"I share a lot of fishing memories with my dad, Todd Faircloth recalled for my notes, "where dad introduced me to fishing tournaments by teaming me up with him at the age of 12, which became a really exciting adventure for me and helped me to become a very competitive angler at a very early age. "Then, along about 1995-1996, I started fishing some tournaments by myself such as Anglers Choice Pro/Am circuit. "But, unlike Harold here, Todd advised while reaching over to backslap Harold who had just missed a bass-bite, "I never got into the guiding thing as my dad has a construction business in Jasper TX, as I worked for him, but could take off to go fishing "whenever" I needed to. "As Harold stated before about getting burned out on guiding because of having to perform for your customers everyday, was not a factor for me. "But, "ya-know, Todd explained, "even though a lot of people who started out as guides are now some of the better professional anglers on the circuit today, "I actually learned a lot more about fishing by "not having" that kind of fishing pressure of just having to catch fish for the customers. "As having the kind of fishing freedom that I had actually gave me time to experiment with trying different baits and styles. "And not having a client in my boat actually helped to allow me to learn a lot more about catching fish under different fishing conditions. "I fished my first BASS Invitational at the age of 19, Todd informed, "and continued to fish BASS for three years until I qualified to fish my first BASS Top-150 event. "I was really "kinda-sorta" scared at this point, Todd grinned, "As I really didn't set out with the intentions of doing this for a living in the first place, and definitely never really anticipated being where I'm at right now. "Although I had some money saved up from fishing by winning local tournaments, I really wasn't sure if I wanted to take that kind of a gamble on trying to make it as a fulltime professional as I didn't have a lot of paying sponsors. "But, I took a chance and went ahead to fish the BASS Top-150 circuit where I qualified for my first Classic in Chicago, Illinois, my first year out. "After that, Todd smiled, "it kinda-sorta just started happening for me as I managed to pick up a few more sponsors, making it a bit easier for me by allowing me to learn a lot more about fishing other lakes around the country, which begun to build my confidence level at being able to compete against the BASS legends, such as Harold Allen here. "I had a very good season this year, Todd explained, "where I managed to qualify for the Classic through both the BASS Invitational, and the BASS Top-150 circuit. "Everything is going real well for me right now thanks to my sponsors, Skeeter/Yamaha bass boats, Lake Fork Tackle, Stanley Jigs, Erhardt Fishing Sticks, and with many thanks going to my tournament "mentor" two time World Bass Champion, Ann Thomason Wilson, of Ann's Tackle Shop in Jasper, TX. "Ann has been a great person and friend, Todd stated, "as she has been in this fishing industry for a long time, and gives me lots of pointers & expert advice for steering me in the right direction on some of my sponsorship decisions, "and" who is also one of my greatest cheering fans, as are my parents and girlfriend, Angie. "Ya-know, Todd reminds us all, "If you didn't have the emotional support contacts while out on tour to help encourage you during the often-times up and down extremes of tournament fishing, it would be a lot tougher to be doing this and I'm very thankful for their support as it really means a lot to me.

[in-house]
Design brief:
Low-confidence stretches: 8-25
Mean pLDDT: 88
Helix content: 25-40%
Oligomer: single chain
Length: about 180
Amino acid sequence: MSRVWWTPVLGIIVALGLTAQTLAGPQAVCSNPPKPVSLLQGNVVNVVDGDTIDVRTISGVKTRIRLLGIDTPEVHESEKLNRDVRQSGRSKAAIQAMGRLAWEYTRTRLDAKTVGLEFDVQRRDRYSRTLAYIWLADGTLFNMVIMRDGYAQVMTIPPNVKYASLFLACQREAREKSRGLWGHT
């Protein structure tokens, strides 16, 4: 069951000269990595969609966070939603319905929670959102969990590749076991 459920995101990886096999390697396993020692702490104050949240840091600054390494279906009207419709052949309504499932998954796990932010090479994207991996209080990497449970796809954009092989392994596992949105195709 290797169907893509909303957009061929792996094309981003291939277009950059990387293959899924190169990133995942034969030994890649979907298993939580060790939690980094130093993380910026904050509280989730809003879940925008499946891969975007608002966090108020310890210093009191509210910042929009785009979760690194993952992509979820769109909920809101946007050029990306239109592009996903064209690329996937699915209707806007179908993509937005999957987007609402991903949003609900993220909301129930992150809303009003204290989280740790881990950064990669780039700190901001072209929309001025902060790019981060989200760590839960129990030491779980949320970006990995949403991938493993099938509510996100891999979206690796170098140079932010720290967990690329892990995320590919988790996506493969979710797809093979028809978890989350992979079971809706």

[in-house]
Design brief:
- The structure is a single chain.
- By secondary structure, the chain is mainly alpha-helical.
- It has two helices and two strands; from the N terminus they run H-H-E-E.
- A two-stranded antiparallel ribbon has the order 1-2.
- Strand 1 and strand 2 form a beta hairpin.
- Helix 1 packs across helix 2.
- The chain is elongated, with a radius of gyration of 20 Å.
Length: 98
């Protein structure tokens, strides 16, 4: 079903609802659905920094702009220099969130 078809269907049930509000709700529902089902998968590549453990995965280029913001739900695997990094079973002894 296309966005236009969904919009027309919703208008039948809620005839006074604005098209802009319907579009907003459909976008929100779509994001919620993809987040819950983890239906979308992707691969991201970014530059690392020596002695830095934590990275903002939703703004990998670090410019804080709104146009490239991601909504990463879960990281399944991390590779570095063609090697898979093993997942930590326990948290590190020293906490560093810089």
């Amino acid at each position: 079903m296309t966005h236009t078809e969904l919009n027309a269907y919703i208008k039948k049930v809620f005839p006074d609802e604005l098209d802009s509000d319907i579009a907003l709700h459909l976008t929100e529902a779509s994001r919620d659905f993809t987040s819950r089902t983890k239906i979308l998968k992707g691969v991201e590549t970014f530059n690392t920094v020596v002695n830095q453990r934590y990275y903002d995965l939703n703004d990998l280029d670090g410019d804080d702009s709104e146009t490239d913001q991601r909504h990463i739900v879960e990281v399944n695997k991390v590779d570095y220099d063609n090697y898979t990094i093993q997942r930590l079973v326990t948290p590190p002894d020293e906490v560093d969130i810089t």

"I'm really excited about this years Classic, Harold Allen stated, "as I have a tremendous number of friends in the Texas, Louisiana, Mississippi, and Arkansas area, and feel that they will be among the thousands of people who will be arriving to watch Todd and I fish this World Class fishery. "Ya-know, Harold grinned, "New Orleans is really a fun place to visit and a great place to spend your vacation as it has great food, great people, and an absolutely awesome fishery, which will provide us Classic Anglers several limits each day for the Classic weigh-in. "Don't you dare miss this show folks, Harold grinned as he reached over to backslap Todd one last time, "or you'll miss seeing me out-fishing my compadre' here on the final day of the Classic in the New Orleans Super Dome. "This is going to be an absolutely awesome Classic Show this year, Harold finalized, "and I'm really cranked up for it!!

"I feel the same as Harold here, Todd Faircloth eased in with his finish, "as I think this is going to be the greatest BASS Classic ever, with the previous New Orleans Classic in 1999 drawing over 40,000 people to the final weigh-in at the Super Dome. "And like Harold here, "I am really looking forward to this years BASS Classic, "but with one slight difference, Todd pointed out as he reached out for one final backslap, "if you want to see me whip-up on my buddy Harold here, "you'll have to come to the "The Super Bowl Of Bass Fishing" to see me do it!

While recovering our boat at the Huxley Bay ramp, I could almost hear the faint, but "hauntingly" shrill cry of Cajun Queen, Marie LaBeaux, as "Laissez Les Bon Temps Rouler" slowly echoed across from the Louisiana waters of Lake Toledo Bend.

For more information on the "Super Bowl of Bass Fishing" being held in New Orleans, LA, contact BASS at 334-272-9530 - click to www.fishingworld.com for the nightly Classic updates - pick up the September issue of the Lakecaster or click to www.lakecaster.net/online to read the classic report.


Todd Faircloth landing one of Harold Allen's finessed bass

Harold Allen & Todd Faircloth easing out into "Classic Bound"
< photos by Ed Snyder >

Harold Allen landing a fiesty Toledo bass

Todd Faircloth landing a good Toledo bass